Math is our Friend
And now for something completely different. My brain is a little fried due to a bunch of different reasons but I wanted to use up the last of my yeast so I could put the whole new package of yeast in its container. Ummm does that sound like a weird reason to make bread? Not really.
Anyway, for some reason I decided I'd make Pinewoods camp dark bread. Years ago I'd begged the recipe from the camp cook, but it made 25-30 loaves. I tinkered with it, noted that it was way sticky, but as I recall it made decent bread. As I see now, strangely the recipe is in cups and measures rather than weight. Hmmmmm, well I should be able to fix that if I weigh things as I make it this time. And, I thought, I could also deal with sticky dough now as I couldn't back then.
So it began. I took my cut-down version and put it together, measuring out the volume and weighing it. That went along ok. The dough is white, rye and whole wheat flours so it's pretty heavy compared to the weekly ciabatta. I let "pearl" the kitchenaid do her thing and the dough came together. It wasn't as sticky as I recalled, but predictably it was pretty dense.
I tucked it into the microwave with the door ajar to let the light warm it. It rose amply in 90 minutes, so I shaped it and put it back to rise again. Not bad in another hour so I fired up the oven, hotter than I had noted in the past. The original recipe didn't come with much baking instructions so I know I was winging that part.
While it was baking (this time with a properly steamed oven and with one loaf being slashed pre-bake) I sat down with St. H to figure out how the baker's percentages worked out. Fascinating. First off, in typing up the cut back version I had left out one ingredient all-together. I made up for it today by adding just a splash more water for hydration! But other than that, the percentages were just about spot on. By this I mean that the cut back version was very close to what I estimated the total recipe to be using the numbers I had. Cool.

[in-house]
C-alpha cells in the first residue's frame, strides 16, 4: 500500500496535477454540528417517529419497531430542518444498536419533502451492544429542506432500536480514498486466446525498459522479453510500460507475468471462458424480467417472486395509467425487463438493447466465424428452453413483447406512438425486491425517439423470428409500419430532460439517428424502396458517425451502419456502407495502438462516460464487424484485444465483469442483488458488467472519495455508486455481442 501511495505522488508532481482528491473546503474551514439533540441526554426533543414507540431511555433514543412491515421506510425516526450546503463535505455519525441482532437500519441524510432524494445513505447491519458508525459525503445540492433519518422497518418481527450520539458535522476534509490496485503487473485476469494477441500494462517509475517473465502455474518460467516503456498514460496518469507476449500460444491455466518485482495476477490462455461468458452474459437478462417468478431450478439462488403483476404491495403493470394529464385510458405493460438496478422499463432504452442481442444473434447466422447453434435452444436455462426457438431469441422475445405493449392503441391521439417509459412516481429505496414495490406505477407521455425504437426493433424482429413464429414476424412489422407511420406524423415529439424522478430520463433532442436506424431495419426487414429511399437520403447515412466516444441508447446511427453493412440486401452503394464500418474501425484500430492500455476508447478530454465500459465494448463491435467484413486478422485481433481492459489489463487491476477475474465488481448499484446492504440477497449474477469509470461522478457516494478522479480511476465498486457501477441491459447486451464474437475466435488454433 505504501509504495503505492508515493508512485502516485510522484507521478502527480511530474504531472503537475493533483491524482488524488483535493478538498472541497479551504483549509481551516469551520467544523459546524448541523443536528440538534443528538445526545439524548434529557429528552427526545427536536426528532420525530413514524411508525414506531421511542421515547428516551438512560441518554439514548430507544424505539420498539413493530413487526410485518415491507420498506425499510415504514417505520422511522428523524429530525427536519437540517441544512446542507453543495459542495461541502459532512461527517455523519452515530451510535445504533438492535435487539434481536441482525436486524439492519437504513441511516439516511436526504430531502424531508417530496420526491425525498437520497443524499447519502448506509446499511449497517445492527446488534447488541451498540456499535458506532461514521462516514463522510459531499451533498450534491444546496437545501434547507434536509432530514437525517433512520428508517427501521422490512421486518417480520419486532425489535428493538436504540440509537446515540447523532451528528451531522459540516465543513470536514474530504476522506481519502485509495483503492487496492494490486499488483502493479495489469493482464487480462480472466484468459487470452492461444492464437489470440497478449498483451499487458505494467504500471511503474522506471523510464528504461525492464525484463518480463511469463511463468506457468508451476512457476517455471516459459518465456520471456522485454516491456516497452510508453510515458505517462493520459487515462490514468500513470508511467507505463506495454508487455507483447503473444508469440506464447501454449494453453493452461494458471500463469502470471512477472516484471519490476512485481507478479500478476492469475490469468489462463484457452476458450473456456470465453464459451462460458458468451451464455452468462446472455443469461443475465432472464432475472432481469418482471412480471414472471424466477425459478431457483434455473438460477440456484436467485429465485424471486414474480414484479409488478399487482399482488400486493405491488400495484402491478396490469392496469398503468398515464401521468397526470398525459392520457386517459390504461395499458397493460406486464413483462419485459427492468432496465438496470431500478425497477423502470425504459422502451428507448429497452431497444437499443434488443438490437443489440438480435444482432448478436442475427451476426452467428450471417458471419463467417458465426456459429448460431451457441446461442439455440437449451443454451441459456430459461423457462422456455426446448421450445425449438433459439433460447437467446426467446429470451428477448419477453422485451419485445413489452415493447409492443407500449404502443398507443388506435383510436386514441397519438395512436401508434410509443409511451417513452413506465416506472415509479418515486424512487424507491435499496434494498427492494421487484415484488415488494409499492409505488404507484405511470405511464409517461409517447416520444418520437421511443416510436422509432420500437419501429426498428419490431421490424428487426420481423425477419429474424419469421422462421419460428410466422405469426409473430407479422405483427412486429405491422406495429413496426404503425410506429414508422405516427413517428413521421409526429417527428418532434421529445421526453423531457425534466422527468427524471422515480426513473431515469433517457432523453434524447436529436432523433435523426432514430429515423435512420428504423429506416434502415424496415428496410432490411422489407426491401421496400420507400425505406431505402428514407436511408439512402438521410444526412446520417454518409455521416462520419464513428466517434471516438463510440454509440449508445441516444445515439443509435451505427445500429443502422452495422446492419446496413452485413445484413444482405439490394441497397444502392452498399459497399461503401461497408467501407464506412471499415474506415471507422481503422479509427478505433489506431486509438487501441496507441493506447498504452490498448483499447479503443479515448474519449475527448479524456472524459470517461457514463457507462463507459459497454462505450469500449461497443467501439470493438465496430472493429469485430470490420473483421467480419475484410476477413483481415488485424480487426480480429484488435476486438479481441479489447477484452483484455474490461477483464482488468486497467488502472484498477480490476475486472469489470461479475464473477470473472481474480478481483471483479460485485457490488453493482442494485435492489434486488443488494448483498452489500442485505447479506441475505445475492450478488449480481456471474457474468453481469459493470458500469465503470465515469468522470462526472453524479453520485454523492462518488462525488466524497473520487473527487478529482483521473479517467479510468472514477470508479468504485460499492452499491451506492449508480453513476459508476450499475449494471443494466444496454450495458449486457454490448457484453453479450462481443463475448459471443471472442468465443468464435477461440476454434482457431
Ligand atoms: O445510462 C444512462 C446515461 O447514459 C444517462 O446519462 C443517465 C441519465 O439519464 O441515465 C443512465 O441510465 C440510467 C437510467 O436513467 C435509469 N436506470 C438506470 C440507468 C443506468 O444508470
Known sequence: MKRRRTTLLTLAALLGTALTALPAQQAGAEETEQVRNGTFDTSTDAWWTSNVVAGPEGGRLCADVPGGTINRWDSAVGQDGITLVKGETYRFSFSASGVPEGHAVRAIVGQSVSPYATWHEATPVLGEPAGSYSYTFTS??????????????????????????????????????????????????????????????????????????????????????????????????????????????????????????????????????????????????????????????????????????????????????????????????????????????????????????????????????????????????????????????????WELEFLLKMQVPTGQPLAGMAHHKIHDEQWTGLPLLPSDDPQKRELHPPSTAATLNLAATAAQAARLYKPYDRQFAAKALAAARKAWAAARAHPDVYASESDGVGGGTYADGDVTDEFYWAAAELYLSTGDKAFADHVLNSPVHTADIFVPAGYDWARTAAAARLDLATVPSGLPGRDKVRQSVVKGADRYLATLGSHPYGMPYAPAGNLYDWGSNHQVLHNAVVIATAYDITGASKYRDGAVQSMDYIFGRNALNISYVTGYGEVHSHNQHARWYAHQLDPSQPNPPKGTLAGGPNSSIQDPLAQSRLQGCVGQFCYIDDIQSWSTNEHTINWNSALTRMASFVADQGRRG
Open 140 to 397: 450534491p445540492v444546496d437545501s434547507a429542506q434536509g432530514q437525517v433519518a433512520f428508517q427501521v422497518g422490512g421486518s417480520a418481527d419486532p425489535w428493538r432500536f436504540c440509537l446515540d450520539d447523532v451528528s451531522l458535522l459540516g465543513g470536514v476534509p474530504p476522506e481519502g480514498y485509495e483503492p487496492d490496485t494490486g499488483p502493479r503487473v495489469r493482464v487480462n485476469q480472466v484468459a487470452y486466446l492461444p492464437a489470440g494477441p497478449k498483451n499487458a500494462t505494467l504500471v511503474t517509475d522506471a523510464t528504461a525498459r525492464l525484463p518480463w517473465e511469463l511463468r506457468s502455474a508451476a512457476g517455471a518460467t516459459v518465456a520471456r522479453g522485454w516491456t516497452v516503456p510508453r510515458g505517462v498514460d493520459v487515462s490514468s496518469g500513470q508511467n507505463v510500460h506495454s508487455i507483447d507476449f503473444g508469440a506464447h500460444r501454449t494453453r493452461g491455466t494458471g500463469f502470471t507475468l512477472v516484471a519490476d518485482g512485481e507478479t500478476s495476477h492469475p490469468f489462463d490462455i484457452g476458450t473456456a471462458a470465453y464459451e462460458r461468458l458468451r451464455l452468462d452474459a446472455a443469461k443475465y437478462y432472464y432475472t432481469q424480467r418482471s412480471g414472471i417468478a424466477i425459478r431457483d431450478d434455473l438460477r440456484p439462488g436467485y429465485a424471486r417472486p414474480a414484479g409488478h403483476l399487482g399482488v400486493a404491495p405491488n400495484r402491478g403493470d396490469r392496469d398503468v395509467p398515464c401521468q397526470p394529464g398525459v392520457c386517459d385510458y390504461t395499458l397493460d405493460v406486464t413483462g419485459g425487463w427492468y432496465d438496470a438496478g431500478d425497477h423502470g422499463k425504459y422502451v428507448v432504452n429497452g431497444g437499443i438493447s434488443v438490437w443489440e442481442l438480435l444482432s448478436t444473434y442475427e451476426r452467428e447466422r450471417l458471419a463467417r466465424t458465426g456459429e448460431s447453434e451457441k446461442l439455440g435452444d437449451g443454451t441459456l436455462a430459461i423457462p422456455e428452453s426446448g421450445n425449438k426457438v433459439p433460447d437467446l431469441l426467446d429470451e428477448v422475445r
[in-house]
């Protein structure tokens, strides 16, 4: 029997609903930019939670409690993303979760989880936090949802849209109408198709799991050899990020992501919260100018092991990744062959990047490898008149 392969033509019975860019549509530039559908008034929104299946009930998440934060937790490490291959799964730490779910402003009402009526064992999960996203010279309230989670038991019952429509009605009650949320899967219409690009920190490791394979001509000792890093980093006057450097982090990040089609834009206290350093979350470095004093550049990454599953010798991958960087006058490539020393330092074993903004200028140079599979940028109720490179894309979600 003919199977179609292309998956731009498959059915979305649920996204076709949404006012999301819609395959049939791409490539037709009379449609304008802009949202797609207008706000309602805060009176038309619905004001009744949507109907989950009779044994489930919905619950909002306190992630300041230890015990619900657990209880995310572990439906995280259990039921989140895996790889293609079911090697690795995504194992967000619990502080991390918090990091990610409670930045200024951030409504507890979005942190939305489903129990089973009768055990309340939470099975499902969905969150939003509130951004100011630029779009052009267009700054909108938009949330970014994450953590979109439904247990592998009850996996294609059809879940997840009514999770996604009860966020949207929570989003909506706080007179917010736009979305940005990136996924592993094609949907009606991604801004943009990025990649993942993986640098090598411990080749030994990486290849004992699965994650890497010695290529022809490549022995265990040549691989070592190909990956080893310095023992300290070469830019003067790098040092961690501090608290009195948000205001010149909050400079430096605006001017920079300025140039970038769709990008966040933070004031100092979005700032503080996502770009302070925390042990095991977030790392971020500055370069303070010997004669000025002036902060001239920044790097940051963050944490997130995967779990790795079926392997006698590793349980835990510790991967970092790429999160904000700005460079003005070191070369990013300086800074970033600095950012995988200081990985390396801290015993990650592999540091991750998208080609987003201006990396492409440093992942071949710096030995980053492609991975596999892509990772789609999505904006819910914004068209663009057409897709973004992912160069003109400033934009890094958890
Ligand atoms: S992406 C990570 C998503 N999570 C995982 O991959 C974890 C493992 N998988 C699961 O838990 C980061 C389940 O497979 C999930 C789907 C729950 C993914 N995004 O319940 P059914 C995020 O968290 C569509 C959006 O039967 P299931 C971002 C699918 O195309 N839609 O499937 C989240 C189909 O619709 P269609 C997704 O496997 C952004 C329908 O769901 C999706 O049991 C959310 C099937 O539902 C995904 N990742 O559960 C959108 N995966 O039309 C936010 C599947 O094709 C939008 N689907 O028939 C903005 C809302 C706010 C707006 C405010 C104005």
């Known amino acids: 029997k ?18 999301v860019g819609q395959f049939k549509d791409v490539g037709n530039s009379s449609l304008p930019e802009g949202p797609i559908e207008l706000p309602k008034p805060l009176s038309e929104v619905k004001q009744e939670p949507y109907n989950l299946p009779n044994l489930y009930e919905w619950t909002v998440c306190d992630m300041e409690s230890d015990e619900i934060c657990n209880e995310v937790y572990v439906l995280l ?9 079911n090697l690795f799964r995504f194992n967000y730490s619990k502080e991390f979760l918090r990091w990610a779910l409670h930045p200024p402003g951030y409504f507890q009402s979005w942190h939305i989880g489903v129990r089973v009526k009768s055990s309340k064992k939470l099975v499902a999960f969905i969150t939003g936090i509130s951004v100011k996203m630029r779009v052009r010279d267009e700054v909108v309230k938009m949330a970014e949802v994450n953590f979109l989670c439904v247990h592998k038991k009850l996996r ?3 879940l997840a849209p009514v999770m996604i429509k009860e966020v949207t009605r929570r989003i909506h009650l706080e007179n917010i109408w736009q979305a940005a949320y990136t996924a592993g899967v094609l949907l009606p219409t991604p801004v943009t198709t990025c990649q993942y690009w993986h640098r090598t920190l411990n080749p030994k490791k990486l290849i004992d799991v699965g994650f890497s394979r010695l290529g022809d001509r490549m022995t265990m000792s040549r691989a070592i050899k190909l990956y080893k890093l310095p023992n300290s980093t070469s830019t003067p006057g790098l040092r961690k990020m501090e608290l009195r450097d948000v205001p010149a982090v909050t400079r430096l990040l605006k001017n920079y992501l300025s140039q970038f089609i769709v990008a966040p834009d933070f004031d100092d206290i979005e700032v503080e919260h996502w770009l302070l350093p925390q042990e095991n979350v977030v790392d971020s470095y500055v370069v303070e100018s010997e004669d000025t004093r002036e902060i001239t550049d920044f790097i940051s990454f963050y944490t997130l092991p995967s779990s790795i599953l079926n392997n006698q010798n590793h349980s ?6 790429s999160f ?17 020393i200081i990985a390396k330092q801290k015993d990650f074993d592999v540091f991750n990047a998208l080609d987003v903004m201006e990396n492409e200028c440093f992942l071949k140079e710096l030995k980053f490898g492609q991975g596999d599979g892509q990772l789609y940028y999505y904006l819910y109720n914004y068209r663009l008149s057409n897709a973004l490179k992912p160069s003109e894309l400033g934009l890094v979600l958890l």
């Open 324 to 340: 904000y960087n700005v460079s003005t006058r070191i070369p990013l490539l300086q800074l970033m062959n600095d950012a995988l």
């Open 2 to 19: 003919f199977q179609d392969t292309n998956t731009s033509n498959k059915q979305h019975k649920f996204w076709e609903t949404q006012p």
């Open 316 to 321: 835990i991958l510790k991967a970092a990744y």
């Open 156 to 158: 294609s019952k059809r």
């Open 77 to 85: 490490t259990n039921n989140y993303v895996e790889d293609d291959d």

Now I have to wait for it to cool a bit so I can see what the inside looks like. Understandably, the slashed loaf is more relaxed and folky looking. The un-slashed loaf is round and tidy.
St. H comments that when you do the numbers you can see at a glance if the proportions of the recipe are reasonable. Totally, and with the molasses that I deleted accidentally, the total hydration was great for a nice dough. So until next time...
Update: No big stretch to imagine that without the molasses the bread was, um...., not the best tasting! Not horrific and not as bad as I thought it would be but certainly not the yummy bread of my memory. Try try again.
OK, I didn't really pray to the photo-gods, but I was very excited to pick up the two rolls of slides today and see - yes! images of quilt! First one too light. Second one, quite nice. Detail, very nice. Next roll, darker - fabulous! Details, even better. All good.
Packaged them all up, went back to work, finished the paperwork and put it all in the shipping envelope. Called to double make sure that pickup was arranged - ooops, no pickup on record but now it's all set! And voila - picked up and out of my hands. I can do no more.
So I'm finishing my last few postcards. Just sewing is actually fun!
All this stressing and pushing to get this quilt done and entry done and out - certainly not part of the fun. But lately I've missed a lot of show opportunities and I just decided I wasn't going to miss this one, pipe-dream as it might be. The best part of it all is - I really like this quilt a lot. It's different from my past work but an easy off shoot of what went before. It taught me a few things about lines and what non-precision gets you. And now....
On to the next!
The Joy of Living in the Country
You just never know who'll be coming up your walk when you look out in the morning... These are my neighbor's new acquisition some japanese variety, but aka food for neighborhood foxes. It was nice to see them sunning themselves on my marble walkway.